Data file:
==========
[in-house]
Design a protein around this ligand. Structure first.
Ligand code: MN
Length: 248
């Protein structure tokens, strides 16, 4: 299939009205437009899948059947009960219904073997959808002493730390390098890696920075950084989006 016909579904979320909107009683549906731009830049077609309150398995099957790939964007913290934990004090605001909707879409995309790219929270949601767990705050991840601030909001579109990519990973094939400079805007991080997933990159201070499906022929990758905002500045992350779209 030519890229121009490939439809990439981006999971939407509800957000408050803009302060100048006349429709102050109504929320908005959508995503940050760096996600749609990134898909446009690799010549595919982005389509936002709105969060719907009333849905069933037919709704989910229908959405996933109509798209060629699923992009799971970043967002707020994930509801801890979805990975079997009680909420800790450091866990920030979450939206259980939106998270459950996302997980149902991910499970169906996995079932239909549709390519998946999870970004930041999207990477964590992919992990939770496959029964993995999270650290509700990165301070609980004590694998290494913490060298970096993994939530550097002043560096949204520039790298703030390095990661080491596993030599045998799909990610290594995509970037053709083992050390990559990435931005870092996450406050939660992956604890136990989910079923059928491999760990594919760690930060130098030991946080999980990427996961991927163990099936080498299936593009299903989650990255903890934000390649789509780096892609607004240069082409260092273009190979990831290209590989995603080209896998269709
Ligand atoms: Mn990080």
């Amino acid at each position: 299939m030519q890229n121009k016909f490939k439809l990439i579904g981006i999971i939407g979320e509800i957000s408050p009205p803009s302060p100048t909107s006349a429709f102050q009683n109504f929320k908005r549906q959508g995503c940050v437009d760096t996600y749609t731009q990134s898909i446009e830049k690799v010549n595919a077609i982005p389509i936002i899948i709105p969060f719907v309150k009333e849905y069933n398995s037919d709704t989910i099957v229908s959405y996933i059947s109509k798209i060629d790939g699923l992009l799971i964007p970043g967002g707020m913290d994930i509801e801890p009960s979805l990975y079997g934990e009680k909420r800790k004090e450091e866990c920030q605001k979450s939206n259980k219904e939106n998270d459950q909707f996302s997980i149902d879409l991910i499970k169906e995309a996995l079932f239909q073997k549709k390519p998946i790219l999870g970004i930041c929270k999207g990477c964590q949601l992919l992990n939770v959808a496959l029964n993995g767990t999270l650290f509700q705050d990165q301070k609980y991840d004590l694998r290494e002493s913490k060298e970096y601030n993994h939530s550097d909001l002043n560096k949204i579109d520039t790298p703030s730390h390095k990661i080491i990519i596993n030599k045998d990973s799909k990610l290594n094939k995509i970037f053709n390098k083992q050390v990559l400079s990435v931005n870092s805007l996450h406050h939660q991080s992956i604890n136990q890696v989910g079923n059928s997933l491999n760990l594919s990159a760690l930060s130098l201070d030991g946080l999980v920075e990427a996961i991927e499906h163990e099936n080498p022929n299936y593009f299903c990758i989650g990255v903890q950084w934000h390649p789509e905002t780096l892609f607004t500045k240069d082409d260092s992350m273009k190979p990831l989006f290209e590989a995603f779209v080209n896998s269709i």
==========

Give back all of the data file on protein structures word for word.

[in-house]
Design a protein around this ligand. Structure first.
Ligand code: MN
Length: 248
């Protein structure tokens, strides 16, 4: 299939009205437009899948059947009960219904073997959808002493730390390098890696920075950084989006 016909579904979320909107009683549906731009830049077609309150398995099957790939964007913290934990004090605001909707879409995309790219929270949601767990705050991840601030909001579109990519990973094939400079805007991080997933990159201070499906022929990758905002500045992350779209 030519890229121009490939439809990439981006999971939407509800957000408050803009302060100048006349429709102050109504929320908005959508995503940050760096996600749609990134898909446009690799010549595919982005389509936002709105969060719907009333849905069933037919709704989910229908959405996933109509798209060629699923992009799971970043967002707020994930509801801890979805990975079997009680909420800790450091866990920030979450939206259980939106998270459950996302997980149902991910499970169906996995079932239909549709390519998946999870970004930041999207990477964590992919992990939770496959029964993995999270650290509700990165301070609980004590694998290494913490060298970096993994939530550097002043560096949204520039790298703030390095990661080491596993030599045998799909990610290594995509970037053709083992050390990559990435931005870092996450406050939660992956604890136990989910079923059928491999760990594919760690930060130098030991946080999980990427996961991927163990099936080498299936593009299903989650990255903890934000390649789509780096892609607004240069082409260092273009190979990831290209590989995603080209896998269709
Ligand atoms: Mn990080």
């Amino acid at each position: 299939m030519q890229n121009k016909f490939k439809l990439i579904g981006i999971i939407g979320e509800i957000s408050p009205p803009s302060p100048t909107s006349a429709f102050q009683n109504f929320k908005r549906q959508g995503c940050v437009d760096t996600y749609t731009q990134s898909i446009e830049k690799v010549n595919a077609i982005p389509i936002i899948i709105p969060f719907v309150k009333e849905y069933n398995s037919d709704t989910i099957v229908s959405y996933i059947s109509k798209i060629d790939g699923l992009l799971i964007p970043g967002g707020m913290d994930i509801e801890p009960s979805l990975y079997g934990e009680k909420r800790k004090e450091e866990c920030q605001k979450s939206n259980k219904e939106n998270d459950q909707f996302s997980i149902d879409l991910i499970k169906e995309a996995l079932f239909q073997k549709k390519p998946i790219l999870g970004i930041c929270k999207g990477c964590q949601l992919l992990n939770v959808a496959l029964n993995g767990t999270l650290f509700q705050d990165q301070k609980y991840d004590l694998r290494e002493s913490k060298e970096y601030n993994h939530s550097d909001l002043n560096k949204i579109d520039t790298p703030s730390h390095k990661i080491i990519i596993n030599k045998d990973s799909k990610l290594n094939k995509i970037f053709n390098k083992q050390v990559l400079s990435v931005n870092s805007l996450h406050h939660q991080s992956i604890n136990q890696v989910g079923n059928s997933l491999n760990l594919s990159a760690l930060s130098l201070d030991g946080l999980v920075e990427a996961i991927e499906h163990e099936n080498p022929n299936y593009f299903c990758i989650g990255v903890q950084w934000h390649p789509e905002t780096l892609f607004t500045k240069d082409d260092s992350m273009k190979p990831l989006f290209e590989a995603f779209v080209n896998s269709i």